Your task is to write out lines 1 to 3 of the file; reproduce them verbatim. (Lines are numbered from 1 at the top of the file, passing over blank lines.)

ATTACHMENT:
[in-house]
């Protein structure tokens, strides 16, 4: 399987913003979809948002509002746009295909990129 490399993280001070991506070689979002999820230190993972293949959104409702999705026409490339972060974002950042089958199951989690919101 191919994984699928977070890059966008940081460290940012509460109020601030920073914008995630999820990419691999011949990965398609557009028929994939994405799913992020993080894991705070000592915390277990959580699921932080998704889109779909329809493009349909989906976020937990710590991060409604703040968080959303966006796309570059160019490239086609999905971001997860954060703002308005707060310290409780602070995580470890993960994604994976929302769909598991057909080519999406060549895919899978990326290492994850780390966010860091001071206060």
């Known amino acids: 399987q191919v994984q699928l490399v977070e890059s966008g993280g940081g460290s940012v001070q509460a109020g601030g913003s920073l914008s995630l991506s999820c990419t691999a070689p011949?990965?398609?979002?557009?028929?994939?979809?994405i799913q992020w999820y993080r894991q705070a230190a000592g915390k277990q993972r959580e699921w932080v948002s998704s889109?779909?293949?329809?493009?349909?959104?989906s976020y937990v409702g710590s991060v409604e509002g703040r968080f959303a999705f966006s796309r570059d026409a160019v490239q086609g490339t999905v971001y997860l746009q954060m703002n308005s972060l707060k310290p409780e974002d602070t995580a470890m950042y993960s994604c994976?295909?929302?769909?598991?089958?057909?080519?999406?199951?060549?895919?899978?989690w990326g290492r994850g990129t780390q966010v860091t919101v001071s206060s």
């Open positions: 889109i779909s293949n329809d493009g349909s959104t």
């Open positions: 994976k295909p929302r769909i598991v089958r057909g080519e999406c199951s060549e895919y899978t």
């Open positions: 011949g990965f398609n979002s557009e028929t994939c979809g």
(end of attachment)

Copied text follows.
[in-house]
């Protein structure tokens, strides 16, 4: 399987913003979809948002509002746009295909990129 490399993280001070991506070689979002999820230190993972293949959104409702999705026409490339972060974002950042089958199951989690919101 191919994984699928977070890059966008940081460290940012509460109020601030920073914008995630999820990419691999011949990965398609557009028929994939994405799913992020993080894991705070000592915390277990959580699921932080998704889109779909329809493009349909989906976020937990710590991060409604703040968080959303966006796309570059160019490239086609999905971001997860954060703002308005707060310290409780602070995580470890993960994604994976929302769909598991057909080519999406060549895919899978990326290492994850780390966010860091001071206060």
């Known amino acids: 399987q191919v994984q699928l490399v977070e890059s966008g993280g940081g460290s940012v001070q509460a109020g601030g913003s920073l914008s995630l991506s999820c990419t691999a070689p011949?990965?398609?979002?557009?028929?994939?979809?994405i799913q992020w999820y993080r894991q705070a230190a000592g915390k277990q993972r959580e699921w932080v948002s998704s889109?779909?293949?329809?493009?349909?959104?989906s976020y937990v409702g710590s991060v409604e509002g703040r968080f959303a999705f966006s796309r570059d026409a160019v490239q086609g490339t999905v971001y997860l746009q954060m703002n308005s972060l707060k310290p409780e974002d602070t995580a470890m950042y993960s994604c994976?295909?929302?769909?598991?089958?057909?080519?999406?199951?060549?895919?899978?989690w990326g290492r994850g990129t780390q966010v860091t919101v001071s206060s």